The underlying fear relates to the so-called sub-prime mortgage market in the US. In the past five years, extraordinarily low interest rates in the US have led banks and other financial institutions to lend substantial sums of money to people with poor or no credit histories. The idea was that, even if they eventually couldn't pay, the banks could recoup any losses by repossessing and reselling the houses - and in any case, house price rises would cushion the blow. In the most extreme cases, mortgage brokers were handing out what came to be known as "Ninja" loans, to people with no income, no job and no assets. Often the loans were "no-doc", where the borrower did not have to provide proof of how much they earned. Recent research suggests that in many if not most of these, borrowers (or their brokers) lied about their income. But now as interest rates have risen, so have repossessions. The US housing market has collapsed, and the banks find themselves saddled with a lot of bad debts.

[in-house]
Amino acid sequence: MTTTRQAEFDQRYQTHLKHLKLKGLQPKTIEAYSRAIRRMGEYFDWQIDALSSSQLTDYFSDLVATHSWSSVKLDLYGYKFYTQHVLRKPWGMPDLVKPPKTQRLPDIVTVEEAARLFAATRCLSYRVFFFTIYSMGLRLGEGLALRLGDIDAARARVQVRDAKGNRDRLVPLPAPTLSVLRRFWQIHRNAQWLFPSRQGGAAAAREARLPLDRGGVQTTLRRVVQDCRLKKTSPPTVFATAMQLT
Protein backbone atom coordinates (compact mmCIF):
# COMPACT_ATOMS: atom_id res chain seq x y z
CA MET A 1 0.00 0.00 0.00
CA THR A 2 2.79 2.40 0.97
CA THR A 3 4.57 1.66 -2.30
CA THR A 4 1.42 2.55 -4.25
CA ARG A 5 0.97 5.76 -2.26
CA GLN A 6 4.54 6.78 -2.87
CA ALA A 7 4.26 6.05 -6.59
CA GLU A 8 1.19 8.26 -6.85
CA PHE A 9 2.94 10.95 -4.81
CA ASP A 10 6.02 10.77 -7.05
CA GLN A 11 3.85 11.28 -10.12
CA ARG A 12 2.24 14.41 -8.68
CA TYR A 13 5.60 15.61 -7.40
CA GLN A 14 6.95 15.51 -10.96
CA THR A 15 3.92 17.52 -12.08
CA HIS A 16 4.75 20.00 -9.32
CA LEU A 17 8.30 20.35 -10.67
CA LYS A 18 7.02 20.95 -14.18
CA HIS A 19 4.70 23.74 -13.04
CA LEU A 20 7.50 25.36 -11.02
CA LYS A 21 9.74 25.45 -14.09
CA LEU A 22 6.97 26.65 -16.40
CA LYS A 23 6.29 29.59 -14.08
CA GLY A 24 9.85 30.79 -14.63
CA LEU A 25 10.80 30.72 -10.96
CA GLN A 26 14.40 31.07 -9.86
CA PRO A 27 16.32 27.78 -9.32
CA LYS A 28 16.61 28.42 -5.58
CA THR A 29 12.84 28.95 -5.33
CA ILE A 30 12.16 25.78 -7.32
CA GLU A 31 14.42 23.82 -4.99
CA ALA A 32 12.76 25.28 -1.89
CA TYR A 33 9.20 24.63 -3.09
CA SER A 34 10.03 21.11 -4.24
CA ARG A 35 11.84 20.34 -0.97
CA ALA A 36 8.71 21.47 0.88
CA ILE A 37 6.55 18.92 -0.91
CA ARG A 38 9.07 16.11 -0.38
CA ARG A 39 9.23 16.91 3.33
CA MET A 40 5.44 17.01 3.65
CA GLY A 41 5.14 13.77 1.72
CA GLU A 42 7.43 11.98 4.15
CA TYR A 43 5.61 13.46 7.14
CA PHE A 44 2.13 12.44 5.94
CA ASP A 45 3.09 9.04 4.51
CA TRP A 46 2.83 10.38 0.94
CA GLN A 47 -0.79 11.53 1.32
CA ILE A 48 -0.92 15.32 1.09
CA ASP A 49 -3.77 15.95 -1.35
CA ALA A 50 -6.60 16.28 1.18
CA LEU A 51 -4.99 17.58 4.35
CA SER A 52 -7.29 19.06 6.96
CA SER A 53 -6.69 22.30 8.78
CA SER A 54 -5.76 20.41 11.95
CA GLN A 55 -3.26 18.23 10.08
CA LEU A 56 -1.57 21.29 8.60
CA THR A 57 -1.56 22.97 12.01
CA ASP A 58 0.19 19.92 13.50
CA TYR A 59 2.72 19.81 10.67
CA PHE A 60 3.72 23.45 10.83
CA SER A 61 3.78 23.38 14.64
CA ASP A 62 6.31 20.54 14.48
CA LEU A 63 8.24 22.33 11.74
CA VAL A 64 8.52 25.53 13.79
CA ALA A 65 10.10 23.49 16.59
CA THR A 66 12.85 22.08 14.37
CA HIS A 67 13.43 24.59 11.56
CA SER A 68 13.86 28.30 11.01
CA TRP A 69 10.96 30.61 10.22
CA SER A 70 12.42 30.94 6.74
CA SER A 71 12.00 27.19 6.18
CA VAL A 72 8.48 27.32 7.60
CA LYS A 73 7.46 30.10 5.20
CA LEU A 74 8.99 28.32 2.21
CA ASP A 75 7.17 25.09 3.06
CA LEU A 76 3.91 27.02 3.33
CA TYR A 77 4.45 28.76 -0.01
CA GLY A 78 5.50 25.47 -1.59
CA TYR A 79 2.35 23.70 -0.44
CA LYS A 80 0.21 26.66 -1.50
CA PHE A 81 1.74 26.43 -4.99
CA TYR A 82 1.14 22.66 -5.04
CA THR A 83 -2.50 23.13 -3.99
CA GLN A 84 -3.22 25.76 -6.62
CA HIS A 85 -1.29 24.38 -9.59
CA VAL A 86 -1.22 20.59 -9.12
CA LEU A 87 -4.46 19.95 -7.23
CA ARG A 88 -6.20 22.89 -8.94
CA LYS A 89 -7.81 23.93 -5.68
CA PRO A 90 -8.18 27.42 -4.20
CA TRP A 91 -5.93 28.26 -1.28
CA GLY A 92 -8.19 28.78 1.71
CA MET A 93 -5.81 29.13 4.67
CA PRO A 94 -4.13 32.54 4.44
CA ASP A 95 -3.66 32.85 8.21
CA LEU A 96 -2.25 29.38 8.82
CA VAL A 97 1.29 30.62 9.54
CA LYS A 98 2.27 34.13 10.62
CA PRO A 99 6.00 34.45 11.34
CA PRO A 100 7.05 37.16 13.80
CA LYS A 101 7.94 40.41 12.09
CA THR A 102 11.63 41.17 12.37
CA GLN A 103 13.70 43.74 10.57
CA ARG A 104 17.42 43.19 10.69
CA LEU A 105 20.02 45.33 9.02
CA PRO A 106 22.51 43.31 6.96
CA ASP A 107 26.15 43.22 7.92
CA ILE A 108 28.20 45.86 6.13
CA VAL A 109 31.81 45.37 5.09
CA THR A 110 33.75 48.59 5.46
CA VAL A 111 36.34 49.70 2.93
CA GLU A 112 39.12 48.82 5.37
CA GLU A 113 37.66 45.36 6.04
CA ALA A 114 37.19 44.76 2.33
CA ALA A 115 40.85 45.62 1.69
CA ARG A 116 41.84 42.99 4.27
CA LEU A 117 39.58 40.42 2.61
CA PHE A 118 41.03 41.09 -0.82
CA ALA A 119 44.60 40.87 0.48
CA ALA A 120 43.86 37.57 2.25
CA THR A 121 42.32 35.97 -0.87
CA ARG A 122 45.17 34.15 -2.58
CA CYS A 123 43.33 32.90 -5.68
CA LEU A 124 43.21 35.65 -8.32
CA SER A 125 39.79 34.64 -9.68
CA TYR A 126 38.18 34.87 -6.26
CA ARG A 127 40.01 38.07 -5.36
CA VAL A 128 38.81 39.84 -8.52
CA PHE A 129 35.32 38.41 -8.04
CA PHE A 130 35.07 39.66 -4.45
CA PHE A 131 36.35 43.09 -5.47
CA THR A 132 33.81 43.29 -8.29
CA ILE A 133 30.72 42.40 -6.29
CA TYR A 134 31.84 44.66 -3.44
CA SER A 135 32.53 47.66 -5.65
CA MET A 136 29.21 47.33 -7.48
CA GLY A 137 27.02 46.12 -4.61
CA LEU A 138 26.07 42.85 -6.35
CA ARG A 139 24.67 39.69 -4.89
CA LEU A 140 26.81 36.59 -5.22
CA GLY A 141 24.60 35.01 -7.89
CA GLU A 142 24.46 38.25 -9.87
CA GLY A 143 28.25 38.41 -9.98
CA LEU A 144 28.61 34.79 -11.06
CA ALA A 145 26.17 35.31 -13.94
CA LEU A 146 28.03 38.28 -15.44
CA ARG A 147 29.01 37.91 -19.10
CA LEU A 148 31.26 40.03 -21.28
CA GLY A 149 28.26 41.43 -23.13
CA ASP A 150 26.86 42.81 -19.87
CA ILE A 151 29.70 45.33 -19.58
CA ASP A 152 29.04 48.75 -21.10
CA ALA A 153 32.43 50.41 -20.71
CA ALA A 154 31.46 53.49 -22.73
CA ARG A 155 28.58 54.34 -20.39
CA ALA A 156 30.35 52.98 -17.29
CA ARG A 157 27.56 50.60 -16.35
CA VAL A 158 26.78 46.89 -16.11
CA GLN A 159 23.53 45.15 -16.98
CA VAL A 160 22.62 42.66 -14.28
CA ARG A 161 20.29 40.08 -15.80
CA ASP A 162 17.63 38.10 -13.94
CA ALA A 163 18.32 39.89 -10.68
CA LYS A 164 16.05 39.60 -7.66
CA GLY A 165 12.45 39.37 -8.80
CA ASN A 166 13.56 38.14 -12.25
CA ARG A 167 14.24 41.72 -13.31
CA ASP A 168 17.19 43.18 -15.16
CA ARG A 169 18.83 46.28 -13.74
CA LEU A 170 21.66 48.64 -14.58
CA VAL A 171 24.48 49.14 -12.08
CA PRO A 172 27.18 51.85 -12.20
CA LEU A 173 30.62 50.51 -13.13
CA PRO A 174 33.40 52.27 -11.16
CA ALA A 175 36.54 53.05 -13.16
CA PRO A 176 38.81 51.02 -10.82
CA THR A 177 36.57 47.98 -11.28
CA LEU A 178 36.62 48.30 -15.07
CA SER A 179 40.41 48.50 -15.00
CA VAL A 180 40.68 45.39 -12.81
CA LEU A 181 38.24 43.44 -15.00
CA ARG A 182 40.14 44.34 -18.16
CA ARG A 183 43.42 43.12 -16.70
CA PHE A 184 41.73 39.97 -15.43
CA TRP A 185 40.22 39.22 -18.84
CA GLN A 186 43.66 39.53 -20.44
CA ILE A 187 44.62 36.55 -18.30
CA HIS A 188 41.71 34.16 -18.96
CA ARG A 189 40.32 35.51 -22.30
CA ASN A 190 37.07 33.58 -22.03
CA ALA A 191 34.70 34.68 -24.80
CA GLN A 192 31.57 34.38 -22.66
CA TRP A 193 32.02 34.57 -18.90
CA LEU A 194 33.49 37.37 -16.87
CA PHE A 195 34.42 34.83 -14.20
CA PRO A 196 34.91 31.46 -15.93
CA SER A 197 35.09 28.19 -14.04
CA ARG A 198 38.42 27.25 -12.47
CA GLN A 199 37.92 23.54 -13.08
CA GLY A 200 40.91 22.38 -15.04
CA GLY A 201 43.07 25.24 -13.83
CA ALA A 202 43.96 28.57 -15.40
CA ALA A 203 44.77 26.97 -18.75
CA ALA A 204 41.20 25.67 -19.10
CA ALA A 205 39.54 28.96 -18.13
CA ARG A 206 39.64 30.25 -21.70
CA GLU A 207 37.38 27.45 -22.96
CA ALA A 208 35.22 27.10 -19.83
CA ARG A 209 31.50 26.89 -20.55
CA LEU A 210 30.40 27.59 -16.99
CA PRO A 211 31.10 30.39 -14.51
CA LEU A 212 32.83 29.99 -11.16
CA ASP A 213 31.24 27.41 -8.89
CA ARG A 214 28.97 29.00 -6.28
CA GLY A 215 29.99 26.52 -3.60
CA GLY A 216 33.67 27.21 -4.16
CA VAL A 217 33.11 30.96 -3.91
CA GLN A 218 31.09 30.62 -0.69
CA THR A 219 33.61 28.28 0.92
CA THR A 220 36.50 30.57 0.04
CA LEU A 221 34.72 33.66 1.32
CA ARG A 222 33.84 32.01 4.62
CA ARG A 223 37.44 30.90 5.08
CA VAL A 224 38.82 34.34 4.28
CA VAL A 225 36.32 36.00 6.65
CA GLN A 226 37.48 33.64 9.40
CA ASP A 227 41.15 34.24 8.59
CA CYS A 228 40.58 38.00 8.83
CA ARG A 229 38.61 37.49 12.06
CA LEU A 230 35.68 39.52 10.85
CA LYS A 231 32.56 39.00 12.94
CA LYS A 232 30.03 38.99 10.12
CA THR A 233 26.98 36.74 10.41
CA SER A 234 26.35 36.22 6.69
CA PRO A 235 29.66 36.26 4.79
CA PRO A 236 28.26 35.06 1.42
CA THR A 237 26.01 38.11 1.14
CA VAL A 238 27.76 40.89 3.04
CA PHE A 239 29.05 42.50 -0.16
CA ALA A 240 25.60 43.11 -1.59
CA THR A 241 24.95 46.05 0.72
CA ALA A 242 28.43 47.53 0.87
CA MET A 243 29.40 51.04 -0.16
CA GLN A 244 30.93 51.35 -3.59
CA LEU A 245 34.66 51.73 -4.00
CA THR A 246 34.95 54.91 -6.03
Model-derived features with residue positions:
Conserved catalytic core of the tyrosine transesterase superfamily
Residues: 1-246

However, it is not just a problem for US banks.

Globalisation has meant that much of this mortgage debt has been sliced up into small pieces, repackaged as "collaterised mortgage obligations" and sold on to financial institutions and individual investors around the world. And now, no one, including the central banks, is certain how much of these bad debt financial institutions or individuals are holding.

What is a credit crunch?